Apr 18

A Price Worth Paying?

A new report published in the BMJ today claims that plans to introduce minimum prices for alcohol in the UK “will save more than 1,000 lives per year”.

The report’s author, John Appleby, Chief Economist at the Kings Fund, says that Government proposals to implement a minimum price of 40p per unit of alcohol would reduce alcohol-related deaths by 1,149 and would see 38,900 fewer hospital admissions.

This is against a backdrop where alcohol-related hospital admissions have doubled in England from 2002 to 2010, to around 265,000 each year.

Minimum alcohol price will save livesThe amount we drink as a nation is largely determined by price and disposable income, and although there is evidence to show that consumption falls during periods of economic recession, spending on alcohol in the UK has consistently increased in real terms – more than doubling between 1964 and 2004.

It increased again slightly in 2010, to a total of £42.1 billion – a third of the amount spent on the NHS each year.

This means that everyone in the UK aged 18 and over spends on average around £17 a week on alcohol.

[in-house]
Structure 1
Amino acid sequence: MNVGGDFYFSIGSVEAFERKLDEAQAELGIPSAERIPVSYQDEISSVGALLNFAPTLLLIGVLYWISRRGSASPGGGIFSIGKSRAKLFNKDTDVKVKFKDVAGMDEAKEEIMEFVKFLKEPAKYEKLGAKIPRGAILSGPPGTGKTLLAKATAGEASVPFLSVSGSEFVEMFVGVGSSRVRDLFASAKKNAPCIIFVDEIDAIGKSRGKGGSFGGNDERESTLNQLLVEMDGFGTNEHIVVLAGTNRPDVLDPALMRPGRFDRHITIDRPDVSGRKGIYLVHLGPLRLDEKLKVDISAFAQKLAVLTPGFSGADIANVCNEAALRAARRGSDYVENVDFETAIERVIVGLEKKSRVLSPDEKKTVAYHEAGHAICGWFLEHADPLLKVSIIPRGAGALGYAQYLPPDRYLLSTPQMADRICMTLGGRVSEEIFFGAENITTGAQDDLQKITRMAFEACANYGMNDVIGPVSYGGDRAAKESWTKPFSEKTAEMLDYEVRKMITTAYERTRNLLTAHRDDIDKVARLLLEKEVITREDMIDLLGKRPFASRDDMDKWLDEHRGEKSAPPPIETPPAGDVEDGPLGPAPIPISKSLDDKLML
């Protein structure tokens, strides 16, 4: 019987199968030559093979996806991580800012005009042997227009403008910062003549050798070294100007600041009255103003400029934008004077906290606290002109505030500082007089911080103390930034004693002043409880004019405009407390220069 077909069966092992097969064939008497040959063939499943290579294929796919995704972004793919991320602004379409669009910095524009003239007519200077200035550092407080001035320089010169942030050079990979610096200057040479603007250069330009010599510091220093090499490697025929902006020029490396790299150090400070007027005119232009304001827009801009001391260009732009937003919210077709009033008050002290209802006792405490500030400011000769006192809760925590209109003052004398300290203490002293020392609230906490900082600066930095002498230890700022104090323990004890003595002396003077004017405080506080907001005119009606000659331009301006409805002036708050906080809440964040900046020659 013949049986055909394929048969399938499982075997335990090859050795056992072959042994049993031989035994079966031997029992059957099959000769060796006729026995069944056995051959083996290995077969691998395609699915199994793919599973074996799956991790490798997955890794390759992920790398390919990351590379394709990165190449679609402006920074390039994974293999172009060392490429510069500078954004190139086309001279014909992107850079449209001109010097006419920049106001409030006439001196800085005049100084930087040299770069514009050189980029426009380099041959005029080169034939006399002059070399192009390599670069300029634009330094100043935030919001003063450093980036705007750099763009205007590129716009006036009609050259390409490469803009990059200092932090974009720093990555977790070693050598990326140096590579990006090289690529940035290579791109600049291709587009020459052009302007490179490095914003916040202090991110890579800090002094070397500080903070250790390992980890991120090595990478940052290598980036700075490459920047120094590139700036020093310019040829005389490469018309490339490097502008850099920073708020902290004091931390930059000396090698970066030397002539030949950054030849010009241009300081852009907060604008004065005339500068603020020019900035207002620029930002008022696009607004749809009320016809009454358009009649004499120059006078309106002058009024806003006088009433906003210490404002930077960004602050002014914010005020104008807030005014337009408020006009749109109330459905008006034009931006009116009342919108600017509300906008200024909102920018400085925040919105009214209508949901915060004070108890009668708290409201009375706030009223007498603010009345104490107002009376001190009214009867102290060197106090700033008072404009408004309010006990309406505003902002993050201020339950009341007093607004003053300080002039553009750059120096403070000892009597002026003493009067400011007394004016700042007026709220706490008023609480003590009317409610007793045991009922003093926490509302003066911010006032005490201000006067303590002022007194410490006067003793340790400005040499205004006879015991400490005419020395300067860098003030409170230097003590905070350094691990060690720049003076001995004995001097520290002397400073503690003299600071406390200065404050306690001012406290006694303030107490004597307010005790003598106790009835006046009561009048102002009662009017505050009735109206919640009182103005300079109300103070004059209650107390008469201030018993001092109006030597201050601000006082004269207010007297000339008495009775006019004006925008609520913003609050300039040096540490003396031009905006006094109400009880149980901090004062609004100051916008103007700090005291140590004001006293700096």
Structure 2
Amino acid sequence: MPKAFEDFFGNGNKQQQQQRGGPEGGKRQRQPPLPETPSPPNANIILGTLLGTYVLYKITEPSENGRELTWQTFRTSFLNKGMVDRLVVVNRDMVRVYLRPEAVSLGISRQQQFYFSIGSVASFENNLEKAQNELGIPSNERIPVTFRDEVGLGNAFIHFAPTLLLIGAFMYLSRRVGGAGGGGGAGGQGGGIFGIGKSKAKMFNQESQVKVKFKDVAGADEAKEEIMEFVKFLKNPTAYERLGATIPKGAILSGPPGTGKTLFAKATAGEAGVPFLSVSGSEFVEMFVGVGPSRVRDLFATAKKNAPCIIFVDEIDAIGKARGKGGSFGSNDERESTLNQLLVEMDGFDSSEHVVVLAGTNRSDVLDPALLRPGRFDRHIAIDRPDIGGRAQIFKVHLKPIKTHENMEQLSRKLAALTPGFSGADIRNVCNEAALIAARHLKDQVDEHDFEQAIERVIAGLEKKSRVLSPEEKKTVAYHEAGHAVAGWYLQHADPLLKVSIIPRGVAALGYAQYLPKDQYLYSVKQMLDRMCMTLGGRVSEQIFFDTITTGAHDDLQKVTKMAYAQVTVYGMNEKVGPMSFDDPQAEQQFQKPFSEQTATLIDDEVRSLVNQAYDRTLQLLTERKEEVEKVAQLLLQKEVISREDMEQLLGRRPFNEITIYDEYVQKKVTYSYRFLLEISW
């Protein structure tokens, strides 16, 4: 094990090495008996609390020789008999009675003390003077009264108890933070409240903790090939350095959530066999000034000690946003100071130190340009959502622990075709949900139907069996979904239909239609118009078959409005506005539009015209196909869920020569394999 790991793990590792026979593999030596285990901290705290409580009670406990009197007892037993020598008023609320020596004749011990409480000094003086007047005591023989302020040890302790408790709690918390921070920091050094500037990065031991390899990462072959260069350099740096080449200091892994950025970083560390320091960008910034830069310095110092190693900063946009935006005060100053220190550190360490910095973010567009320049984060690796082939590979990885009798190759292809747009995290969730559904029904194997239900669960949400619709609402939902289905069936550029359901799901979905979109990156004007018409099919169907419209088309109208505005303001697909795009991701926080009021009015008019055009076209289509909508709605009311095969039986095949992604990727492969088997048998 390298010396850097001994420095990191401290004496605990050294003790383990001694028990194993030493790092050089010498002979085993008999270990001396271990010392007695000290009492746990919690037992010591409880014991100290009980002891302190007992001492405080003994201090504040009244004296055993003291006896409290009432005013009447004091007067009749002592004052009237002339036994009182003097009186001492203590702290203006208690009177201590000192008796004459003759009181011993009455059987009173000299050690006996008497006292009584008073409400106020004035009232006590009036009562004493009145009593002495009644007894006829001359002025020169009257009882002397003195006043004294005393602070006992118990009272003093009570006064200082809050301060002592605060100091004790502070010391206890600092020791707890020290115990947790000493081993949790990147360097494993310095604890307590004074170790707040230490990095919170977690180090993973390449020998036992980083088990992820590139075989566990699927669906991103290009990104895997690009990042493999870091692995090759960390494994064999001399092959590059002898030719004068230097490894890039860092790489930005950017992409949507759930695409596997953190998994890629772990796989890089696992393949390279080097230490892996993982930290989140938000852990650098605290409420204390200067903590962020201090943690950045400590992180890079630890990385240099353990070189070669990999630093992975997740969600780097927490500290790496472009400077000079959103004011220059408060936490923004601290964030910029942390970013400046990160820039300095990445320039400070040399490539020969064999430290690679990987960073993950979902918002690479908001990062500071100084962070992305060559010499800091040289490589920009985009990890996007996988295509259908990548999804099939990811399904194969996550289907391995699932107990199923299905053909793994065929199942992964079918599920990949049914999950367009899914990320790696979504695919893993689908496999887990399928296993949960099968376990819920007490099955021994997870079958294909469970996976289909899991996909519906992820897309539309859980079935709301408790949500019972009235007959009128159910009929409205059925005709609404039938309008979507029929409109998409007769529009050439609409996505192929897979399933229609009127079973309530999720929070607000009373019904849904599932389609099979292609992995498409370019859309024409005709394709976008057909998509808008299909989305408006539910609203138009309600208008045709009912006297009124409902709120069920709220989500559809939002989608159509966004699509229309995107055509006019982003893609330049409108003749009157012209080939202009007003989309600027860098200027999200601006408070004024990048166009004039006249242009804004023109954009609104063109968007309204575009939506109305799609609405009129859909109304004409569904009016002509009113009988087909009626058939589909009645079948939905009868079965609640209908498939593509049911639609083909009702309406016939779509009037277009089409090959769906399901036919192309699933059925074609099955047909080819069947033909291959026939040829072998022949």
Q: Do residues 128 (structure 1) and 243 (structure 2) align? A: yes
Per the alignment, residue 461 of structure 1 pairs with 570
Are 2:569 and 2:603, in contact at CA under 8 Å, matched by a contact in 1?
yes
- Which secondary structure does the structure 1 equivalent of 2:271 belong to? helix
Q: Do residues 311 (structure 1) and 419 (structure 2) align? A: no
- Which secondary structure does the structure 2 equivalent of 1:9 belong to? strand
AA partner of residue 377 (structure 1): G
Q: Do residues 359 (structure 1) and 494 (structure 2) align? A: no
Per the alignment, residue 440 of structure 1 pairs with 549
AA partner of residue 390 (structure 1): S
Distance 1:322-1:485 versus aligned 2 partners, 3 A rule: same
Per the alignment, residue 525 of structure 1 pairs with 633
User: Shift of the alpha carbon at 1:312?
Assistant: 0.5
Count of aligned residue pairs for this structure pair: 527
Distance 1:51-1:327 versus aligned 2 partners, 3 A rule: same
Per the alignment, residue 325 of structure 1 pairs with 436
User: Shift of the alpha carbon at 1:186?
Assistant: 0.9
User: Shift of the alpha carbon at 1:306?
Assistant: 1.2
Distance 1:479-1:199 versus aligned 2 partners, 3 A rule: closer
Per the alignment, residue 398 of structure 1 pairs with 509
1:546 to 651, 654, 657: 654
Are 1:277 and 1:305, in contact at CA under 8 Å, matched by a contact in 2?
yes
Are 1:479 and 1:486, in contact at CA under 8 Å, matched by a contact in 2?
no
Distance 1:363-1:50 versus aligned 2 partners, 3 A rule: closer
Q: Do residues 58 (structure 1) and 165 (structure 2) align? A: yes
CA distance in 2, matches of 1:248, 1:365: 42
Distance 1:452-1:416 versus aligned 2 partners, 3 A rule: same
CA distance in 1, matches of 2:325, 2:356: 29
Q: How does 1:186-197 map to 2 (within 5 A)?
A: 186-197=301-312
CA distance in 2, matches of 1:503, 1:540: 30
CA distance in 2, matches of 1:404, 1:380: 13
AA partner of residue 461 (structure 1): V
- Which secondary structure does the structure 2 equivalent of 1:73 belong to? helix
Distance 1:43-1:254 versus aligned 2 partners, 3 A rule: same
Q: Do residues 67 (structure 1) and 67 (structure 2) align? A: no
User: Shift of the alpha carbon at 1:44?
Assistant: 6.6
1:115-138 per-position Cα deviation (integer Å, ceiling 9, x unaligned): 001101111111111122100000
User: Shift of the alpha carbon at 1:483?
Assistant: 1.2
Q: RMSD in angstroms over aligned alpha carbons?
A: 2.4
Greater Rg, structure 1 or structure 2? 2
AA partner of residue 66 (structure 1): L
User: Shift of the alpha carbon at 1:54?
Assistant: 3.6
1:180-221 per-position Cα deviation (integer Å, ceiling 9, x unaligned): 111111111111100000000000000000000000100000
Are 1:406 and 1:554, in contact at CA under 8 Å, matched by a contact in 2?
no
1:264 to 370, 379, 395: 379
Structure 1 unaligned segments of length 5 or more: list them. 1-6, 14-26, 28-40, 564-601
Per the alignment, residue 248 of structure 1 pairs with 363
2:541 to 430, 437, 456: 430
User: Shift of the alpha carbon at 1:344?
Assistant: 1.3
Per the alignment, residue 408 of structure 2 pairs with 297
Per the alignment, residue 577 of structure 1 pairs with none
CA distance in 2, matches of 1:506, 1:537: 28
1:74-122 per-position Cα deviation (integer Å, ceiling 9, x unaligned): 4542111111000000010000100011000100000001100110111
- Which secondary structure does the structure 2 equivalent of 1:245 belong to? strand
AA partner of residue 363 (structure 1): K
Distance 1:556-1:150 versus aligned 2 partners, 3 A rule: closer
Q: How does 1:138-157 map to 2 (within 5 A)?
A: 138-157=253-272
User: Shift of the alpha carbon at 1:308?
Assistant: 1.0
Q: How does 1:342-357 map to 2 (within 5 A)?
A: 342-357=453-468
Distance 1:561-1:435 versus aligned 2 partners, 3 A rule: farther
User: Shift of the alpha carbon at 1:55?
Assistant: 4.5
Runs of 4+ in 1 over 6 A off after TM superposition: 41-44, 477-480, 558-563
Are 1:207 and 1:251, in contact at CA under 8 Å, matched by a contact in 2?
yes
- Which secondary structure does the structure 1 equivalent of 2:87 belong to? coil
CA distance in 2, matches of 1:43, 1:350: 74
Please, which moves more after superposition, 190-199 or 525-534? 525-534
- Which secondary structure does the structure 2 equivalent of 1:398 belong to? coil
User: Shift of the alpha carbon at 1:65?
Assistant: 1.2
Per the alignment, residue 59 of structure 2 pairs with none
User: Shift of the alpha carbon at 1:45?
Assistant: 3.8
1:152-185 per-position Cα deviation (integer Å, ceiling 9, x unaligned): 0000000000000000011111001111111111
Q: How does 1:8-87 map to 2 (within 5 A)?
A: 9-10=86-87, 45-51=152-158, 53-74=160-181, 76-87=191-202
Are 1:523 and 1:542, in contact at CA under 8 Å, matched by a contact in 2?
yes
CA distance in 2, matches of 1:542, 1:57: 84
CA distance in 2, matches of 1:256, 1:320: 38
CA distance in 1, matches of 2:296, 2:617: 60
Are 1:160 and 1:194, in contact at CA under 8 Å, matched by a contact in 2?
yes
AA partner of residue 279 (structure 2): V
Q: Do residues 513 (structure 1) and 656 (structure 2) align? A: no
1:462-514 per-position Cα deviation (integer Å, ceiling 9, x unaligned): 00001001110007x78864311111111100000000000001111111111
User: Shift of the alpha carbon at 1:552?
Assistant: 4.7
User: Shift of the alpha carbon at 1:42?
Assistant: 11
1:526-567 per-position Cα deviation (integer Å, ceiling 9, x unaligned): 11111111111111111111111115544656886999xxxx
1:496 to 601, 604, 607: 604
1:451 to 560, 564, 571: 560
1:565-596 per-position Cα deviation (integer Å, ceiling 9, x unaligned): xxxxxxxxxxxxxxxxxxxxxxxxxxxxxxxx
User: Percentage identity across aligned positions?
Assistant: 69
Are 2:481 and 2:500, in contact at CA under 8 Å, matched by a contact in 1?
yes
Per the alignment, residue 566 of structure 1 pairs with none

Mr Appleby said that plans for a minimum price on alcohol would lead to cut in alcohol consumption by 2.4%.

A 50p minimum price would more than double all these effects, he added, whilst the current economic recession will also have an impact on reducing demand.

But do these figures suggest a problem with drinking in the UK, asks Appleby? Hospital admissions data suggest they do, although given the lag in reported health data it remains to be seen whether the latest Government initiative on pricing will have any significant impact on these numbers.

Critics of the plans claim that it will be the sensible, moderate drinkers who will be impacted by this price hike, and that the heavy or problem drinkers will continue to drink regardless, with the only potential impact being that they switch the type of alcohol they currently drink.


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